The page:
Ayatollah Khamenei marked a subdued Quds Day, an annual event in support of Palestine, with a televised address. He also tacitly admitted for the first time that Iran funnels weapons to Palestine.
In his annual speech on the subject of Palestine on Friday, Iran's Supreme Leader Ayatollah Ali Khamenei called Israel a ''cancerous tumor'' that ''will undoubtedly be uprooted and destroyed.''
Khamenei was speaking on what is called Quds day in Iran, referring to the Arabic name for Jerusalem. Typically, mass demonstrations in support of Palestine are encouraged, however, this year the event was particularly subdued.
He spoke for 30 minutes in a televised broadcast, a rarity for Quds day, as usually other high-ranking officials are called upon to give the keynote speech.
The supreme leader used cancer metaphors to refer to Israel several times as he spoke, and then criticized the US and other countries, including some in the Arab world, for providing it with ''various kinds of military and non-military tools of power, even with atomic weapons.''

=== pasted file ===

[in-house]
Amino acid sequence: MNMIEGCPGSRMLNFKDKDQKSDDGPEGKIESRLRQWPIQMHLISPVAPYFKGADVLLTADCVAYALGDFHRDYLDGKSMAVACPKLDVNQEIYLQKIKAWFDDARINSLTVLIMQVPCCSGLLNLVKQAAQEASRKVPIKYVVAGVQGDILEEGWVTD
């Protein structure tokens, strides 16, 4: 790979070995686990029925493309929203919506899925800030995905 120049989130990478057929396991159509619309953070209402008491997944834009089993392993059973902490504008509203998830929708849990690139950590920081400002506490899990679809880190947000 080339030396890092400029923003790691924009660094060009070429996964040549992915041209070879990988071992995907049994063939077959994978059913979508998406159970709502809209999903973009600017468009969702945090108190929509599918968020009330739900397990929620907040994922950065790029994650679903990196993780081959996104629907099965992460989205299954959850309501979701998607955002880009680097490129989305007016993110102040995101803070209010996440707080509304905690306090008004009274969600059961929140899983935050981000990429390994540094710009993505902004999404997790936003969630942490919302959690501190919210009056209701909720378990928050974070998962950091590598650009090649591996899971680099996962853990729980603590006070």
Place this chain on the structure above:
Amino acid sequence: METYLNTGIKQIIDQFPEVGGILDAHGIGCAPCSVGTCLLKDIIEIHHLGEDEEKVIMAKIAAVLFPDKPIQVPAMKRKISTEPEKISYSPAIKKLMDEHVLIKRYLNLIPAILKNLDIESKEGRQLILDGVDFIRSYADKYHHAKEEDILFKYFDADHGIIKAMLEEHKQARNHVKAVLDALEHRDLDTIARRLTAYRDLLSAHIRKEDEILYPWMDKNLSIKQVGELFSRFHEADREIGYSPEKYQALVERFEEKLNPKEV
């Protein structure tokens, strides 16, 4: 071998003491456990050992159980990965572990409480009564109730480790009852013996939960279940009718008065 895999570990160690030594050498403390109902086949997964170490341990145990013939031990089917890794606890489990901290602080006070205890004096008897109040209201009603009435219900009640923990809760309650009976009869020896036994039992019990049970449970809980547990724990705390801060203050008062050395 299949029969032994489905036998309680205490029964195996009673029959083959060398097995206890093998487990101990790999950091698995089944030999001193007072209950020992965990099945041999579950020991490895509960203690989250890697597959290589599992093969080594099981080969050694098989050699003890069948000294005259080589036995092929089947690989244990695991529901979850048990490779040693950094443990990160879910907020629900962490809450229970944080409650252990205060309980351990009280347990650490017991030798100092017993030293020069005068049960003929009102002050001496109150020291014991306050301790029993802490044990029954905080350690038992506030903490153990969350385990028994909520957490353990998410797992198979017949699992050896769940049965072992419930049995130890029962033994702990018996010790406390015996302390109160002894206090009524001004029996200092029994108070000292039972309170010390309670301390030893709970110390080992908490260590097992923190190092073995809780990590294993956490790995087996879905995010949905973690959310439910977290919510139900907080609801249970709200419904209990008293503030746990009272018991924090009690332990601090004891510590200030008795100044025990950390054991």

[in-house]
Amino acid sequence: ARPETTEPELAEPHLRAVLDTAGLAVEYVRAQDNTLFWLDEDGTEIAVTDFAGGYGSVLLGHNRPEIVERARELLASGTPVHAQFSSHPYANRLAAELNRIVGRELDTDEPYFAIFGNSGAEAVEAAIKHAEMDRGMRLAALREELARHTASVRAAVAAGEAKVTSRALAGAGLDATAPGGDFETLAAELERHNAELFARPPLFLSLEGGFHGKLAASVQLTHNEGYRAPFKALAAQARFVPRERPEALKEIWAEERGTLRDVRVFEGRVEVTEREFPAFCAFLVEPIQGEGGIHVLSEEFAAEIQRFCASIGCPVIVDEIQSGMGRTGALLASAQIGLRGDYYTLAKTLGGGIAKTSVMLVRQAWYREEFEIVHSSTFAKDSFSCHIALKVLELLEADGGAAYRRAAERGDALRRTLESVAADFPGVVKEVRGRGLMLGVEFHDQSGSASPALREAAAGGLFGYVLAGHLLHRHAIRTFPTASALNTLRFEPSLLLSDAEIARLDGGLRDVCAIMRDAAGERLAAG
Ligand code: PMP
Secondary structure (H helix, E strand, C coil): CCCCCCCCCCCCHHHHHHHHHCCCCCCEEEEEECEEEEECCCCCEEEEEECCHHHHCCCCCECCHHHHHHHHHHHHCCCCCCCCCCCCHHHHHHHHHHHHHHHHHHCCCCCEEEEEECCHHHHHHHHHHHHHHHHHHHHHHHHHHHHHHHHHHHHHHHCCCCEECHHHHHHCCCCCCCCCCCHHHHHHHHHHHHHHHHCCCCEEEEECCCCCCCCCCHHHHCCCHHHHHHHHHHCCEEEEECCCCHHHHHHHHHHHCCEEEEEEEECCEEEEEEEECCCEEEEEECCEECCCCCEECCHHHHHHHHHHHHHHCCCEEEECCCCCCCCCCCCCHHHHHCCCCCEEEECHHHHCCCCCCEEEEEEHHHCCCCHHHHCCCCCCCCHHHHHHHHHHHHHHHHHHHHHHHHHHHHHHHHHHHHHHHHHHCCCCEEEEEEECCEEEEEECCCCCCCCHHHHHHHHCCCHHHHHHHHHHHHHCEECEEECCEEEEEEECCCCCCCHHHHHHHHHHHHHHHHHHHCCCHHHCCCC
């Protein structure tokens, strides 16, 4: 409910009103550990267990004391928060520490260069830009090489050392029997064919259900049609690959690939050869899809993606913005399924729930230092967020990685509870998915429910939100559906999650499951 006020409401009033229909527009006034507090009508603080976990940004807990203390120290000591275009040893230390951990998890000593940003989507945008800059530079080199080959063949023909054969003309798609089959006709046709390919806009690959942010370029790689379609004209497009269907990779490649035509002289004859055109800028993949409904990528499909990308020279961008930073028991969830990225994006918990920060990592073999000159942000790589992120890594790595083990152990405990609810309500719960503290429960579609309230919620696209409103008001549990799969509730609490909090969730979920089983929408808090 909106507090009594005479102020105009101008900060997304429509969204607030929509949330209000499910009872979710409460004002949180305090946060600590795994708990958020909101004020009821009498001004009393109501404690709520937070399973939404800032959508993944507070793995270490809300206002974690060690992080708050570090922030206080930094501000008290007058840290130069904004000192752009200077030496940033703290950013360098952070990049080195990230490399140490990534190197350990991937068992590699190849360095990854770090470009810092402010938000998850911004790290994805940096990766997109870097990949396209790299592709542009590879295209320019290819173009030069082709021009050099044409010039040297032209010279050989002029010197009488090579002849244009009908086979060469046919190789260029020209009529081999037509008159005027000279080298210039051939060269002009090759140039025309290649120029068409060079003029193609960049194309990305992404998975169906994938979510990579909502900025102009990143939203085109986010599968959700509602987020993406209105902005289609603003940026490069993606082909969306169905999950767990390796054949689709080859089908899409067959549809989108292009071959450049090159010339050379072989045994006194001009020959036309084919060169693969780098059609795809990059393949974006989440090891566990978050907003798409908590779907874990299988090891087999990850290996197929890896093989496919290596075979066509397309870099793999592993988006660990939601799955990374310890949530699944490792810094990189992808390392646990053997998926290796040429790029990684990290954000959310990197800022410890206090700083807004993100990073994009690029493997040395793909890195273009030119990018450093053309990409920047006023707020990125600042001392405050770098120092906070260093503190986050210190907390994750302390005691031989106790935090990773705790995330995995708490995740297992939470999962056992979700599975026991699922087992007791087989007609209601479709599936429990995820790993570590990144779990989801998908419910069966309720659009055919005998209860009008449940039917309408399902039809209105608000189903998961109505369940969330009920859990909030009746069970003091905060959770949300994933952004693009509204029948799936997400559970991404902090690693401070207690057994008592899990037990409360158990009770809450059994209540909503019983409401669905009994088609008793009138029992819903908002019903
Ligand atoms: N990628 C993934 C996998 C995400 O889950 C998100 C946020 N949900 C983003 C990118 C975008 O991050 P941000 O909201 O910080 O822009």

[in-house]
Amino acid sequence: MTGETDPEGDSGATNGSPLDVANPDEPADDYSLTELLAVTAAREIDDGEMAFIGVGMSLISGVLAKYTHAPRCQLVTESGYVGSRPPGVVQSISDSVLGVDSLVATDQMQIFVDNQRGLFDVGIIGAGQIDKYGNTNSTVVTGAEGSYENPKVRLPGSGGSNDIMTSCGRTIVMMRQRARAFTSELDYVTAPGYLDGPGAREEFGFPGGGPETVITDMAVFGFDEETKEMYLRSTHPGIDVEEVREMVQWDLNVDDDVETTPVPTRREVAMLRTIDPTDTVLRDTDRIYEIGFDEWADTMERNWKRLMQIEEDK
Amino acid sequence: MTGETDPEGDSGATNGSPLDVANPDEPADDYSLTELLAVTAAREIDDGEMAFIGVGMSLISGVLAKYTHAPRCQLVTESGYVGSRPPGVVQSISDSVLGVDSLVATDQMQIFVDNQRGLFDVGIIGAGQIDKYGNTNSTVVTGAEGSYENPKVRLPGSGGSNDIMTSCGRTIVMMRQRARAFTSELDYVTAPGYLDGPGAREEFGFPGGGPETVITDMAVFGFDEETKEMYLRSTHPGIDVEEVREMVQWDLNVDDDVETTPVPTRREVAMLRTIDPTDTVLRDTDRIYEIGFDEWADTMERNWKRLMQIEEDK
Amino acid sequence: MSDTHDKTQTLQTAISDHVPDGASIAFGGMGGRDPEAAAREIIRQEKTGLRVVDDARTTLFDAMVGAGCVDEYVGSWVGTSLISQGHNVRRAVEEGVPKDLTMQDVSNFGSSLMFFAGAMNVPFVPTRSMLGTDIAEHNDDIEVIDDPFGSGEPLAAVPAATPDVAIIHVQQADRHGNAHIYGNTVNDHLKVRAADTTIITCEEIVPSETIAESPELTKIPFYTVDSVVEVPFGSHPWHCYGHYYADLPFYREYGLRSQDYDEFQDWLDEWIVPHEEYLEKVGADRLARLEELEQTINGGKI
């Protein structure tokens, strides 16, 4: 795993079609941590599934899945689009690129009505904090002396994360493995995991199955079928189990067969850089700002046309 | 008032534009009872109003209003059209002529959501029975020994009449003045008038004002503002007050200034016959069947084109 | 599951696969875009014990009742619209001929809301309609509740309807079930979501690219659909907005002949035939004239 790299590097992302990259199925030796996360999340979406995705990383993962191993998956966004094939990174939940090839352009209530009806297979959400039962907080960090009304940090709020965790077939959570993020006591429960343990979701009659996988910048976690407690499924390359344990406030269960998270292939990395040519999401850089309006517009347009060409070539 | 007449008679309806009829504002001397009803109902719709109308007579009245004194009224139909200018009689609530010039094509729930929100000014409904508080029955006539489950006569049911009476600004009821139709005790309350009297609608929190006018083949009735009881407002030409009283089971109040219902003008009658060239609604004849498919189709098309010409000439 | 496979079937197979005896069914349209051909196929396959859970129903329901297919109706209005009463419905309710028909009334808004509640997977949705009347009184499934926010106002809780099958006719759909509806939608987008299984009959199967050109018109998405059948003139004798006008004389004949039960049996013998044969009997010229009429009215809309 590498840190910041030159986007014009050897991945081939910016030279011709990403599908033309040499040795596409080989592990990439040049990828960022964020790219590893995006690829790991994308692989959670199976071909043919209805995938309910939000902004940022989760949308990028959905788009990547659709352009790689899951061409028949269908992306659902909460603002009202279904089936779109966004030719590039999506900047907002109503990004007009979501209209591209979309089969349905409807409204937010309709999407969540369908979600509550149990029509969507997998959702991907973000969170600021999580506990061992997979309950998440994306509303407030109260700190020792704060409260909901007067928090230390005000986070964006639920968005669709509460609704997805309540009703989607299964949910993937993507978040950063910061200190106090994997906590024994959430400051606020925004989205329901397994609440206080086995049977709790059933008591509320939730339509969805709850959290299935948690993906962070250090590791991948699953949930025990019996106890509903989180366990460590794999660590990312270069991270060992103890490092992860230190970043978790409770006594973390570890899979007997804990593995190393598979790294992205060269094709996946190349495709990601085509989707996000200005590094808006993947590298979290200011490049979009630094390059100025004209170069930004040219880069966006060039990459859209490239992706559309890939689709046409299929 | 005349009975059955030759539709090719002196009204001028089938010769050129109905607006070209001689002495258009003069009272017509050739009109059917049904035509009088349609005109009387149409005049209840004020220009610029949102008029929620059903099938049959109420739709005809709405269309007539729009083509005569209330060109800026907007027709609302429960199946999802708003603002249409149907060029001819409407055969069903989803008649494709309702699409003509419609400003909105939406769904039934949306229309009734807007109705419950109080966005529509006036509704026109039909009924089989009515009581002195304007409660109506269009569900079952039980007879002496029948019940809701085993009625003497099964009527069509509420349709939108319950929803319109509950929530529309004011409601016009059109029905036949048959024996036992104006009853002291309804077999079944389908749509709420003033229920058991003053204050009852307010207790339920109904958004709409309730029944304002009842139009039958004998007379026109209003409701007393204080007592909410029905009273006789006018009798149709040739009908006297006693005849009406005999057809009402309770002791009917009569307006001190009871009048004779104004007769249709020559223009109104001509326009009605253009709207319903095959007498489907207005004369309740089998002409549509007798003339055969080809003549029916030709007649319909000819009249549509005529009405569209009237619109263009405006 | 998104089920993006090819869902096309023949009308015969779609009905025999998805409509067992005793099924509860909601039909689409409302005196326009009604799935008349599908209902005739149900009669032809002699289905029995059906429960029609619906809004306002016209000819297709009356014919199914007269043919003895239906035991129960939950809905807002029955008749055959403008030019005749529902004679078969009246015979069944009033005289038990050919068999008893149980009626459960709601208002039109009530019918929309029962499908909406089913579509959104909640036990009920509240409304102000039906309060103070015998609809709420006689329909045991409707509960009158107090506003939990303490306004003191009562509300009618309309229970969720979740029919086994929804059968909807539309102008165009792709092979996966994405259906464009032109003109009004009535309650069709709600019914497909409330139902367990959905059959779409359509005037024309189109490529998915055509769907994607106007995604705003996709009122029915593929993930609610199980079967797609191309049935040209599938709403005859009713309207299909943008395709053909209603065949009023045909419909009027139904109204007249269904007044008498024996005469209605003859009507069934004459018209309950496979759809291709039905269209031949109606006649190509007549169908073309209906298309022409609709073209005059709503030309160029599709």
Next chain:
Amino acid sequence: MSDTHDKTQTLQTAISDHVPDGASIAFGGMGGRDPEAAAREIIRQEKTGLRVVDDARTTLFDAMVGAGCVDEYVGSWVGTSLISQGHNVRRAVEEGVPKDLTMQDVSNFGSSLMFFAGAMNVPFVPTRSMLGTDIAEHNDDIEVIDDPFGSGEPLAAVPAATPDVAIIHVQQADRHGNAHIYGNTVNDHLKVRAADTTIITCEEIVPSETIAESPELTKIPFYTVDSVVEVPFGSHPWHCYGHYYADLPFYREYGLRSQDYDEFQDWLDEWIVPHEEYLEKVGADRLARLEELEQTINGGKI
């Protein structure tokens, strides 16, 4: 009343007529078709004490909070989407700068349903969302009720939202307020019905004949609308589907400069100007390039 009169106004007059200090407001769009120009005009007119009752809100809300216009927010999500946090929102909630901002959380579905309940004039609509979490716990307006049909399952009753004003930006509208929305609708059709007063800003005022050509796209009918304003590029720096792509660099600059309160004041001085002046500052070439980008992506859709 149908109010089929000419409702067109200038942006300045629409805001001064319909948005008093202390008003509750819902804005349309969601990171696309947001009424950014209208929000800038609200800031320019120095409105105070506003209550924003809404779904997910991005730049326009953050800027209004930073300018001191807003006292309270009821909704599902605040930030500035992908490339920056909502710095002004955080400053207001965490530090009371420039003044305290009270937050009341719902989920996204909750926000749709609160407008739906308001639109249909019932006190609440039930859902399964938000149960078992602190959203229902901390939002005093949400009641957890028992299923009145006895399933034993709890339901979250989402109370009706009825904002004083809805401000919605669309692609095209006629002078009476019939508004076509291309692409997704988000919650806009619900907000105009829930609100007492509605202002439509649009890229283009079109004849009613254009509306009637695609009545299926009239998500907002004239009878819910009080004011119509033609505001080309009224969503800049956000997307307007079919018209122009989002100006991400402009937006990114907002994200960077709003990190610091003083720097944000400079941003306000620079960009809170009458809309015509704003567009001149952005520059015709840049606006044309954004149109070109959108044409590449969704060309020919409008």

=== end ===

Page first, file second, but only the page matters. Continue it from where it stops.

The latter claim has never been confirmed. Israel has long maintained a policy of ambiguity with regards to whether or not it possesses nuclear bombs, but some analysts believe it has at least 80 warheads, if not hundreds.
References to 'final solution' in Quds Day cartoon
Khamenei also tacitly admitted that Iran secretly supplies Palestinian militias with weapons, making this the first time that has been publicly acknowledged.
Quds Day was first introduced right after Iran's Islamic Revolution in 1979. Khamenei's predecessor Ayatollah Ruhollah Khomeini declared that it would always be held on the final Friday of the Muslim holy month of Ramadan to criticize Israel.
Khamenei, who also compared Israel to the coronavirus during his speech, has tried to insist that his vitriol about Israel is not anti-Semitic.
However, in the days leading up to Friday, his office released a cartoon graphic showing smiling Iranian-backed forces, people from Arab countries, and two Orthodox Jews bearing a headline that included the phrase "the final solution,'' a phrase used by Nazi Germany to describe the planned extermination of all Jewish people.
The image was later deleted from Khamenei's personal Twitter account, but remains visible on his office's Farsi-language website.
Israel's Foreign Ministry responded by saying: "We have experience with leaders who talk about 'final solutions,' and we promise: Not on our watch."
es/mm (AP, AFP)